As parts of Europe endure sweltering heat, fears are growing of a cold winter ahead after Russia’s Gazprom energy company cut off a key pipeline to Germany this week — ostensibly for routine maintenance. The move has sparked alarm and is intensifying European Union efforts to slash energy consumption and find alternatives.
Officially, Gazprom’s maintenance work on its Nord Stream I pipeline was long expected and unlikely to last very long. But German officials say anything is possible.
Moscow has already curbed gas deliveries to nearly a dozen European Union countries in recent months, as they pass ever-tougher sanctions over its war in Ukraine. The bloc has agreed to end Russian coal imports and phase out Russian oil this year.
Doing so with Russian gas is tougher, however. It accounts for 40 percent of the EU’s overall consumption — and even more when it comes to countries like Austria and Germany.
Here in France, Prime Minister Elisabeth Borne says Gazprom’s latest cut should accelerate the transition away from fossil fuels. The French government also plans to nationalize its EDF energy company — partly over fears of a looming power crisis.
Now the race is on to find solutions. The Paris-based International Energy Agency has released a 10-point plan on how the EU can reduce its reliance on Russian gas — and climate emissions.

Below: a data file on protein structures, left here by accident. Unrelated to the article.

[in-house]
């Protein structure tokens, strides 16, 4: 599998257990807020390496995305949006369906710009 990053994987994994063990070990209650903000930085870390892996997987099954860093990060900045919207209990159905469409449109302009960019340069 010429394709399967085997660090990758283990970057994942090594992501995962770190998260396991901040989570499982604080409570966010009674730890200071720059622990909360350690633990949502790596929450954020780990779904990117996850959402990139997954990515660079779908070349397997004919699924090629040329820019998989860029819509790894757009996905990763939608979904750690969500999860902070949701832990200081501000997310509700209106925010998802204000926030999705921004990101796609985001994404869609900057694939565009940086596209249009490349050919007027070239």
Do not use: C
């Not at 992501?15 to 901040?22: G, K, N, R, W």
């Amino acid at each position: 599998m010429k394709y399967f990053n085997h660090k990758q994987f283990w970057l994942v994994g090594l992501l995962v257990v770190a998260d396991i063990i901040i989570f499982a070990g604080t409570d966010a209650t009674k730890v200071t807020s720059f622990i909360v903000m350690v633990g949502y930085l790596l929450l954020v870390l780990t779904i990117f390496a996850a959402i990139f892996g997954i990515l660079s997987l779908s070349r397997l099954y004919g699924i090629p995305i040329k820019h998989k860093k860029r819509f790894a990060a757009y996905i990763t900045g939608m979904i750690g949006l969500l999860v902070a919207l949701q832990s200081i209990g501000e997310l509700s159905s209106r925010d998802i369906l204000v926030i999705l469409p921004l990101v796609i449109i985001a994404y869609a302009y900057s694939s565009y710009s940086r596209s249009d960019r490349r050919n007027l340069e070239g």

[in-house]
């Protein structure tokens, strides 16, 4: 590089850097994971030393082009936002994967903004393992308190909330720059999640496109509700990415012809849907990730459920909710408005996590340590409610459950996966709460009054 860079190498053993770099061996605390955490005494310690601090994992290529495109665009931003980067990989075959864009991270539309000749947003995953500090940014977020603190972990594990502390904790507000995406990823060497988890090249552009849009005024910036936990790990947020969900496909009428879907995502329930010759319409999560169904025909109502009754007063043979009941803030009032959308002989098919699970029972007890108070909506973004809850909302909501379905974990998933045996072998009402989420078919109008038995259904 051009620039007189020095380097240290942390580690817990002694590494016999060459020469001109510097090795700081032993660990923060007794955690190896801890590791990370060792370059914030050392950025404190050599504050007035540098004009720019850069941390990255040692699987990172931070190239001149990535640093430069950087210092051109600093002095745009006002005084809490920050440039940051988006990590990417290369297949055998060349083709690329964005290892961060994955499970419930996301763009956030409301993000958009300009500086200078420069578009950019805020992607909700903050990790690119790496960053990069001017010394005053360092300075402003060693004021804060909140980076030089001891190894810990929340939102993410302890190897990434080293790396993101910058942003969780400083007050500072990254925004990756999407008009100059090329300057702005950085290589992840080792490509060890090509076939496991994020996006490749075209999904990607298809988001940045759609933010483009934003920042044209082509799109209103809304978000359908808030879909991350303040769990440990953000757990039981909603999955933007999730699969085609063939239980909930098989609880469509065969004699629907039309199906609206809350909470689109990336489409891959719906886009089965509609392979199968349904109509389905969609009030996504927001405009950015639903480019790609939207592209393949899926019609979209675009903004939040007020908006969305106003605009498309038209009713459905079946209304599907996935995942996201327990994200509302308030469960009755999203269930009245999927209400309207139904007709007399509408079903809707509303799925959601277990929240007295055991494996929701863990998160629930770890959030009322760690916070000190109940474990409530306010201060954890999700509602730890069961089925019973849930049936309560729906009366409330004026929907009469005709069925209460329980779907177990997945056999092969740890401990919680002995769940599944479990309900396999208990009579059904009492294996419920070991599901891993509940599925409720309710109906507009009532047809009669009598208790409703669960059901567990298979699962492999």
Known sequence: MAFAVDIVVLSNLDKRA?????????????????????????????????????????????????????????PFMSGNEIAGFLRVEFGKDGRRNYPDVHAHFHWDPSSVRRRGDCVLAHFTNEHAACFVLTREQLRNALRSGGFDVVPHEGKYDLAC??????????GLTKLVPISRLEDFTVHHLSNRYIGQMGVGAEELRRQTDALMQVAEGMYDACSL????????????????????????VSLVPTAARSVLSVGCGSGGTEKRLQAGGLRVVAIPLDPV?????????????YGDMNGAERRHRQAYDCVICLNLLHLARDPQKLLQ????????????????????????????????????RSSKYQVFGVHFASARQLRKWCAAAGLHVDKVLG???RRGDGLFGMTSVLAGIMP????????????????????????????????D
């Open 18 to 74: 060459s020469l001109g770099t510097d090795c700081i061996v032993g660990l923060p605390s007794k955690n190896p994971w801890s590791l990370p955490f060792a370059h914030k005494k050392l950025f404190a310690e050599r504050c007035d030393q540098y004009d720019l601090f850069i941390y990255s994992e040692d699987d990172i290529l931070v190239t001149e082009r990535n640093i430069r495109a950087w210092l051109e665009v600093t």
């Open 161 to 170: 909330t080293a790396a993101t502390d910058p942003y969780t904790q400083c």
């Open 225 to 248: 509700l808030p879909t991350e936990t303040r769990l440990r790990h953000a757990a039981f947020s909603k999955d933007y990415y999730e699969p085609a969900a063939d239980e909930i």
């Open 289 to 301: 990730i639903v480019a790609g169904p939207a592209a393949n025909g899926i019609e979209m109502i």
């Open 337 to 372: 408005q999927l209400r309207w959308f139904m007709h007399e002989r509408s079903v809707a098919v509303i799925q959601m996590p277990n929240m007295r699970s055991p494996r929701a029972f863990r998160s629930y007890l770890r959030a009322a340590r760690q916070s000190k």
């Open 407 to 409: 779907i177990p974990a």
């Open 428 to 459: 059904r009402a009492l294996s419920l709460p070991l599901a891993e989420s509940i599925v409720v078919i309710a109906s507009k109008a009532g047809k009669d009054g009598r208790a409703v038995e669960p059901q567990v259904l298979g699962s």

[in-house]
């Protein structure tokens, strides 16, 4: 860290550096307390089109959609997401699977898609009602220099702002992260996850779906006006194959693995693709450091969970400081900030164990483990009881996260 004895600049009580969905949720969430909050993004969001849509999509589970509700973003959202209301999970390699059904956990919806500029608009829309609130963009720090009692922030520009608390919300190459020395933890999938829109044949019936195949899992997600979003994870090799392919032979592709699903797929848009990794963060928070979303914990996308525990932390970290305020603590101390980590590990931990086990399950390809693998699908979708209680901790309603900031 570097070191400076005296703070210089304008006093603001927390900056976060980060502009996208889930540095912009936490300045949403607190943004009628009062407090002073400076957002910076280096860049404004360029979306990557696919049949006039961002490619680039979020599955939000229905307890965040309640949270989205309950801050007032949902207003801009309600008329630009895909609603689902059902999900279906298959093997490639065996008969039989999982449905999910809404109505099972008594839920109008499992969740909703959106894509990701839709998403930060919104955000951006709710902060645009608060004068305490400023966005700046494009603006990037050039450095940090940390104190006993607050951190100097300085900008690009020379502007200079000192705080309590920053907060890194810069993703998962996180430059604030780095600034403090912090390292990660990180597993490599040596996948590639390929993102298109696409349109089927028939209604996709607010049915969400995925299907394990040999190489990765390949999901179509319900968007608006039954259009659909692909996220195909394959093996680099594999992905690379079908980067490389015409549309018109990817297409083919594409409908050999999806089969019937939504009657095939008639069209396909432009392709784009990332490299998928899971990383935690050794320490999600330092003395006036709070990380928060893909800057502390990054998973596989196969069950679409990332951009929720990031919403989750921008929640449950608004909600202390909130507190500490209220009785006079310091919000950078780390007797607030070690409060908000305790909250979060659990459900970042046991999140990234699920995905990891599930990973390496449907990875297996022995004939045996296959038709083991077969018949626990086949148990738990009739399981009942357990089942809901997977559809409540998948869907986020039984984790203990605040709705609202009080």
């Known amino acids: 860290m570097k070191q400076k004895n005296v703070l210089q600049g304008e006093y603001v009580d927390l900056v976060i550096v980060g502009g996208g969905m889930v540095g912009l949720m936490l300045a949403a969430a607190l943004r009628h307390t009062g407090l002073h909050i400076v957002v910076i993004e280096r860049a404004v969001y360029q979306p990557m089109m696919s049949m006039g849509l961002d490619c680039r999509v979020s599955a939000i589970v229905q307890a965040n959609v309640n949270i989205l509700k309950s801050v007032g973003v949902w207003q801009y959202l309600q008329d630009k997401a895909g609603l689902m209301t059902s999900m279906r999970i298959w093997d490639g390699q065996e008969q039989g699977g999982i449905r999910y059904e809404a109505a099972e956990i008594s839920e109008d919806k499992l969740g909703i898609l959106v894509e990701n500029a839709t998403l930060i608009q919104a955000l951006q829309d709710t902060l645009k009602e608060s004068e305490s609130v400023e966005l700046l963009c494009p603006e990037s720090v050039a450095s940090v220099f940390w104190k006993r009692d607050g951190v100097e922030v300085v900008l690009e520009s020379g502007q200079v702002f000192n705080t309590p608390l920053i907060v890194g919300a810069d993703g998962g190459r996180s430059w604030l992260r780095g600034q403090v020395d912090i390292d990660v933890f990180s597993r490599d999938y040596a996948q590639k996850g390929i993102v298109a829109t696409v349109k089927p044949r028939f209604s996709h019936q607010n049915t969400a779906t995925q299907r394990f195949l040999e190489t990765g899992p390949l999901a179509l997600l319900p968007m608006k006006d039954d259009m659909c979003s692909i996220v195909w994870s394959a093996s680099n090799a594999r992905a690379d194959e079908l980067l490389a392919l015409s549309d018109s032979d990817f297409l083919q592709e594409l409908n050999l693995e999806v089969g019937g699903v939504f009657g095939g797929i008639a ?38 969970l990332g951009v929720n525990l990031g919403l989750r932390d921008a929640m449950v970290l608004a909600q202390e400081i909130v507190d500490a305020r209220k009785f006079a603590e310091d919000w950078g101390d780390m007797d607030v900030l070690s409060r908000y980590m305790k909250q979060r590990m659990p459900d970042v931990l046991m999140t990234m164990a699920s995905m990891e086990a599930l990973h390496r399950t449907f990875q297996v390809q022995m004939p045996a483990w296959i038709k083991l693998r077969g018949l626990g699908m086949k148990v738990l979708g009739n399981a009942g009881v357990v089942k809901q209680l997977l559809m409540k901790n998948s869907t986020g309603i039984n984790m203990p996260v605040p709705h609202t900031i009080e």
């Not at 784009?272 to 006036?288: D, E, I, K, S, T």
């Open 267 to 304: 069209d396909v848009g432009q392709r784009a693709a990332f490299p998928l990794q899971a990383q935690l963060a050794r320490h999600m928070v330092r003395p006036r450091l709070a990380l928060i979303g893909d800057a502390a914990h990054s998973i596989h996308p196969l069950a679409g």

“We need a very broad suite of low-emission technologies…,” IEA energy expert Brent Wanner says that suite should include nuclear power and other energy sources.
“Wind and solar are now two of the cheapest options for new electricity, new sources of electricity….ultimately we need to have multiple options in order for countries to choose their own path, within their own circumstances.”
The EU’s executive arm has also outlined 2030 energy savings targets of 13 percent, which a bloc of powerful European Parliament parties wants to make more ambitious.
But that doesn’t solve Europe’s immediate energy headaches, as prices soar and a potential wintertime heating crunch looms. Brussels research group Bruegel says Germany, for one, will have to cut its natural gas consumption by nearly one-third to ensure it will have enough supplies during the cold months…if Gazprom’s “temporary” cutoff becomes permanent.